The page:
eXo Wallet Delivers New Enterprise Option in Cryptocurrency-based Mobile Payments

November 9, 2018         By: Steven Anderson

While there’s a growing number of use cases for cryptocurrency, getting it mainstream can be a little difficult. After all, you might have plenty of bitcoin, but how do you spend it? You send a wallet message from an exchange, perhaps? That’s cumbersome by most any standard, especially when you’re out on the road. For enterprise users looking to get into cryptocurrency exchange, eXo Platform’s new eXo Wallet may be the solution.

With eXo Wallet, users get access to a secure mobile wallet platform built around the Ethereum blockchain standard. Plus, users can both send from and receive payment to the wallet in any cryptocurrency or utility token that uses the ERC20 format. There are nearly 500 such tokens out there, ranging from Ethereum itself to CANDY, currently trading at a rate of about $4 per 100,000.

Offering up a mobile wallet system specifically for the enterprise user will hopefully help mainstream cryptocurrency, at least, that seems to be eXo Platform’s hope here. Since eXo Wallet is a free add-on module that can be integrated with installations staged by eXo Platform, it should be comparatively easy to put in place. It’s currently only available as a beta version, but since the code is open source, it should be fairly easy to contribute valuable new insights to the operation.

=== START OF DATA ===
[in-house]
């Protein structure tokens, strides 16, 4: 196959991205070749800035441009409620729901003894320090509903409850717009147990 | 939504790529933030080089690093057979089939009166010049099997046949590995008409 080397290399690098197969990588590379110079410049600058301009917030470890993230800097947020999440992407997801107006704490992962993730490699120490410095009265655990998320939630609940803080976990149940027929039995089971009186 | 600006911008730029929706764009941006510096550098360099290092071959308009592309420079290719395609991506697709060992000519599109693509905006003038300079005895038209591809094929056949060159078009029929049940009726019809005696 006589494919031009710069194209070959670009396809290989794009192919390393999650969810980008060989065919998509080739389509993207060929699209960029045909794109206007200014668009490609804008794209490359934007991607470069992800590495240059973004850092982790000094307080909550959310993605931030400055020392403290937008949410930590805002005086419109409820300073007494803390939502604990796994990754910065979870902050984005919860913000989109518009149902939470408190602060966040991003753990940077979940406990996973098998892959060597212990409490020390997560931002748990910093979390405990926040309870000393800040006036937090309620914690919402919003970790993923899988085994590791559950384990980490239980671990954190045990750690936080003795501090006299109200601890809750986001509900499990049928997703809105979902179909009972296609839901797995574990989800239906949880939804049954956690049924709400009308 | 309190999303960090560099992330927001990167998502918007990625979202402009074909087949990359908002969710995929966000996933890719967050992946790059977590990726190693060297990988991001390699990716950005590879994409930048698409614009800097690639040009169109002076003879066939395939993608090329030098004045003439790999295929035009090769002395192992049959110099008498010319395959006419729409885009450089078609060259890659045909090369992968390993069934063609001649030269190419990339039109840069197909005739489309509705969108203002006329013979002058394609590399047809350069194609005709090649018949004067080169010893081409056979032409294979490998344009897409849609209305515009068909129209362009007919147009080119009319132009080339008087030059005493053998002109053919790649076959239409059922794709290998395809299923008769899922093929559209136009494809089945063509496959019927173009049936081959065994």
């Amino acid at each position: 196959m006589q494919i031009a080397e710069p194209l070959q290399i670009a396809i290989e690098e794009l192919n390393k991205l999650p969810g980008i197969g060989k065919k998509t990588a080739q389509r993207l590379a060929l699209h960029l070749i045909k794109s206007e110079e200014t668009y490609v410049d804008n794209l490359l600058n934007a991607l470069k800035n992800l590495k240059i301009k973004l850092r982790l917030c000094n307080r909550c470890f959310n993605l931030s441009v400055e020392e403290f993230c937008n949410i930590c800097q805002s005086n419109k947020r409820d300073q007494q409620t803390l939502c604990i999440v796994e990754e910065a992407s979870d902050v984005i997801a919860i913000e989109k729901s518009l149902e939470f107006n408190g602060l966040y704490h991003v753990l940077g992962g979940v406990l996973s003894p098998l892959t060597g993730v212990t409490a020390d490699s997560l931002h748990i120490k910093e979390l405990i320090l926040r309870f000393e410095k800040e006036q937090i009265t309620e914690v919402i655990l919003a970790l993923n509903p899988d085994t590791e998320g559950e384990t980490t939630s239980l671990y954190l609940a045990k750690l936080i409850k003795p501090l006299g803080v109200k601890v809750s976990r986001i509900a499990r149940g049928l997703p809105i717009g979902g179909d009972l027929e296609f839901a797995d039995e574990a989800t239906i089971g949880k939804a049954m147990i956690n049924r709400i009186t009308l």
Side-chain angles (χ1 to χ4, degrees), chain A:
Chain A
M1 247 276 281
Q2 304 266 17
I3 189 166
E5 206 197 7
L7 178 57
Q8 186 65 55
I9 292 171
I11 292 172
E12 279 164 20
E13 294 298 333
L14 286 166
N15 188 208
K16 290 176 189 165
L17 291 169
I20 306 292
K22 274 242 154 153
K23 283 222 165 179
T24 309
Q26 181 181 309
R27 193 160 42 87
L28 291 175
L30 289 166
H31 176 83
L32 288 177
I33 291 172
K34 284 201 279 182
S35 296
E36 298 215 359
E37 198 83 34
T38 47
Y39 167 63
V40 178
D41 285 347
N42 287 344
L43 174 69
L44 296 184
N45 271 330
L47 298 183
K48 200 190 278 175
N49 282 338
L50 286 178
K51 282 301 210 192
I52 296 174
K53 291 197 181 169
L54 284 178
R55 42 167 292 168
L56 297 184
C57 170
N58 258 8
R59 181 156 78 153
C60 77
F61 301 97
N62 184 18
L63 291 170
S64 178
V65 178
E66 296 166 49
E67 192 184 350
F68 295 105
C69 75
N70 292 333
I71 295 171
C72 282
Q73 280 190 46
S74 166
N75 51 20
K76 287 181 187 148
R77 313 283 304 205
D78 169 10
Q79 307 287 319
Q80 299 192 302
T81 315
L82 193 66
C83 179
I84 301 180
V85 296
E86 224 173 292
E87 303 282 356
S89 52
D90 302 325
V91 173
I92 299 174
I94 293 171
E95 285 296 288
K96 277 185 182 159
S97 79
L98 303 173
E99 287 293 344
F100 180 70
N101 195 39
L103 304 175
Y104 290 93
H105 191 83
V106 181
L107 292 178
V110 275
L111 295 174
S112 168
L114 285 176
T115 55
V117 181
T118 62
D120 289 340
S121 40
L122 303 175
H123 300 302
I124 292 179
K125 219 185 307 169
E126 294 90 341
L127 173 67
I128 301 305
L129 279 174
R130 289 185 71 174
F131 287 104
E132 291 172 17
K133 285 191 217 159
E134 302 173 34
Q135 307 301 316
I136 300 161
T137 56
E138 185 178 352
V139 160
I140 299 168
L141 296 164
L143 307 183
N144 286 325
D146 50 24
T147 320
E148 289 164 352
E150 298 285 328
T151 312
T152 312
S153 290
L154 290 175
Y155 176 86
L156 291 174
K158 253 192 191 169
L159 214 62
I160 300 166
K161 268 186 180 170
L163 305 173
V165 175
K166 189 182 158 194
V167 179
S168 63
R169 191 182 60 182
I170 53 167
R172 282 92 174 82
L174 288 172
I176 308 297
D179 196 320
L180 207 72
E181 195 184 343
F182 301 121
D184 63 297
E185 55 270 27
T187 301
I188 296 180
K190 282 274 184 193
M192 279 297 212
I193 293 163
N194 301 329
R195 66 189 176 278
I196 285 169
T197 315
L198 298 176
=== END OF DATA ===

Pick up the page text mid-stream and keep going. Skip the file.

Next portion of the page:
At least, that’s the hope. The problem here is that there’s no real reason for enterprise users to turn to cryptocurrency, at least, not yet. Ransomware actually provided a more compelling reason to keep cryptocurrency on hand, if for no other reason than the criminals in question were always demanding bitcoin–later other currencies like Litecoin once bitcoin proved too sluggish in the exchange–to free up files. It’s clear eXo Platform hopes that making cryptocurrency easier to trade will prompt more users to actually trade in it, but when there are so few potential takers, there’s a serious issue right out of the gate.

While it’s a novel trick of infrastructure for a future with plenty of cryptocurrency use, it’s putting the cart before the horse just a bit. After all, what point is there in being able to readily trade cryptocurrency when there’s no one willing to make the trade?